Resolved: Glorifying God in the New Year
“Men should pledge themselves to nothing! For, reflection makes a liar of their resolution.”
–Sophocles (on losing weight in the new-year)
Everyone is making resolutions for the new year. Well, maybe not dejected philosophers like Sophocles who famously said, “Men should pledge themselves to nothing! For, reflection makes a liar of their resolution.” Perhaps Sophocles had a hard time losing weight, getting to the gym, or whatever he failed to do. A more piercing word came through Benjamin Franklin, “How few are those men who own their faults enough to change them.” This smacks of the Psalmist’s words, “Who can discern his error?” Psalm 19:12. The Psalmist meant that we don’t like to stand face to face with our faults. What’s worse still is that we know that the sin nature still hangs onto us until the day we enter glory. Let’s compound the problem a little more. A new year’s resolution holds the potential to become a perverted idol of one’s own glory. For example, many resolutions could be based around worship of one’s body. In our culture one’s self-worth is often measured by the degree of physical beauty he/she has. “Body image” is the new buzz word that attracts people more than any other in marketing. It mixes two words together everybody wants to be associated with- “body” and “image.” People don’t want to be who they are; they want to be something awesome in the eyes of others. Many of our New Year’s resolutions fall in line to serve that end. With this in mind, Sophocles’ angst and assertion becomes more attractive.
Nevertheless, I believe in resolutions. The problem with everything excogitated above is our resolutions miss the mark on what the larger goal of all life is. They miss God! The chief and highest end of man is to glorify and enjoy him forever. Do you hold your resolutions up to this light? Do you weigh them on this scale? Ask your resolutions, “Do you glorify God or me?” When you do this you will find they either serve you or God. They cannot serve both. My point in all this is to encourage you to make resolutions, but also to make them in the right way and for the right goal, the glory of God, the good of the church, and your Christian growth.
As one more preliminary note, keep in mind that there are two obstacles to resolutions. First, they must be right resolutions. They must glorify God; which we just saw. Resolutions involve putting off bad behavior, putting on good behavior, or tasks or goals to take on. Second, they are difficult to accomplish! Most resolutions are abandoned quickly. So, one problem with resolutions is making the right ones, the other is keeping them. I hope you make God glorifying resolutions, and I hope you keep them.
Let’s look at the second obstacle more closely. Resolutions are hard to keep. Sophocles, again rings true. We fail and make ourselves liars. The problem is that Sophocles and we take on resolutions the wrong way.
Self-help gurus have watered down the definition of resolution by simplifying them into attainable goals. Most self-help books will tell you to set goals for yourself. There is nothing wrong with that. The problem is we treat resolutions like goals. But they are not the same thing. We usually make a goal, plan to reach that goal, and then execute the plan. The problem is, once we reach the goal (though usually we never do) we have seemed to arrive. Real resolutions don’t have a terminal point. They never end. They must be real change, permanent change, turning away never to return. Otherwise they are not really resolutions at all, they are just games that end when the task is finished. That is our problem- definition. We never define resolutions. We simply assume they mean goals. Resolution is not a goal. Being resolved means to head in a direction, to lean somewhere, to put the hand to the plow and not look back! To make you face like flint and press on the way.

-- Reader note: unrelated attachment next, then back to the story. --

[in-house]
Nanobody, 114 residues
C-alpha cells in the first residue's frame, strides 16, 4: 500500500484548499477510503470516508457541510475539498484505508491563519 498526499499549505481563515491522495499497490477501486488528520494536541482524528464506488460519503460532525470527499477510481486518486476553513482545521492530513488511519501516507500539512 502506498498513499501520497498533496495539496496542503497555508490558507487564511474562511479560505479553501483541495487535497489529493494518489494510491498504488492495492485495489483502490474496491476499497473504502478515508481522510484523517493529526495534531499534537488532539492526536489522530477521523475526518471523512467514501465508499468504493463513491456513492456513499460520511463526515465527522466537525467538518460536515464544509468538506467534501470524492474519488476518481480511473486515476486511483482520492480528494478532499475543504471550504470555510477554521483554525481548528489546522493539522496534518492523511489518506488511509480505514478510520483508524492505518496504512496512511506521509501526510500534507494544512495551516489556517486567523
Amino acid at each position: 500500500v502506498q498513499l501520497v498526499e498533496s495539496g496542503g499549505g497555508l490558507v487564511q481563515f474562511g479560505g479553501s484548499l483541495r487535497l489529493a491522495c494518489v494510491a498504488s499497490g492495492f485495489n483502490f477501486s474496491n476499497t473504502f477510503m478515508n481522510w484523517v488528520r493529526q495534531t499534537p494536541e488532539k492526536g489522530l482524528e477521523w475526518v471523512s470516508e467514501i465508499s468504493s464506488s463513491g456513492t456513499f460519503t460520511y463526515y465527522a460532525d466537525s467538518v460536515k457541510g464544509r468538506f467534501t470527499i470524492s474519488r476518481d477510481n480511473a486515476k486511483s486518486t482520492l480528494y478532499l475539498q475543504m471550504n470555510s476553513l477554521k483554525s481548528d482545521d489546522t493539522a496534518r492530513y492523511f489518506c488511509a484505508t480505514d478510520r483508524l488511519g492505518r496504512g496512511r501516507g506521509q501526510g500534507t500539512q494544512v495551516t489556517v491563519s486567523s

Not that’s starting to sound a little more biblical. Resolution Biblically is the same thing as repentance. It is a change of direction never to return. It is a change of mind, view, behavior, attitude, or virtue. Real change means what the Psalmist said, Finding out “secret sins” and then turning from them. He would dig through his heart by pouring over the word of God to unearth his secret sins, and then resolve to turn from them! As sinners we may turn back to it, but we need to always press on to fight those sins. We must resolve to keep after God, growth, the good of our fellow man, and the church of the Lord Jesus.
With that definition in mind, we now turn to making resolutions to stick with, rather than goals which inevitably fail. A great term, which I love to use whenever I get chance, is plausibility structure. This refers to a structure that is in place that makes it more plausible that the thing will come about. This means setting yourself up to succeed rather than fail because there are structures in place that come alongside and support your resolution.
The reason goals fail is because they contradict actually being resolved. A goal says to you, “Make a goal. Make a plan. Get after it. Don’t fail. If you fail, you lose. If you succeed you win.” Resolution says, “Resolve to stop this behavior,” “Do this neglected duty,” or “Take up this work.” A goal is a future thing. You set you mind, pen, and calendar to planning. You may even begin to execute the plan. When you fail to keep a step along the way you are done. The goal you desire is never satisfied. Then the darkness of frustration sets in. If everything is left to planning, the doing never gets done. Therefore, goals are doomed to failure from the get go.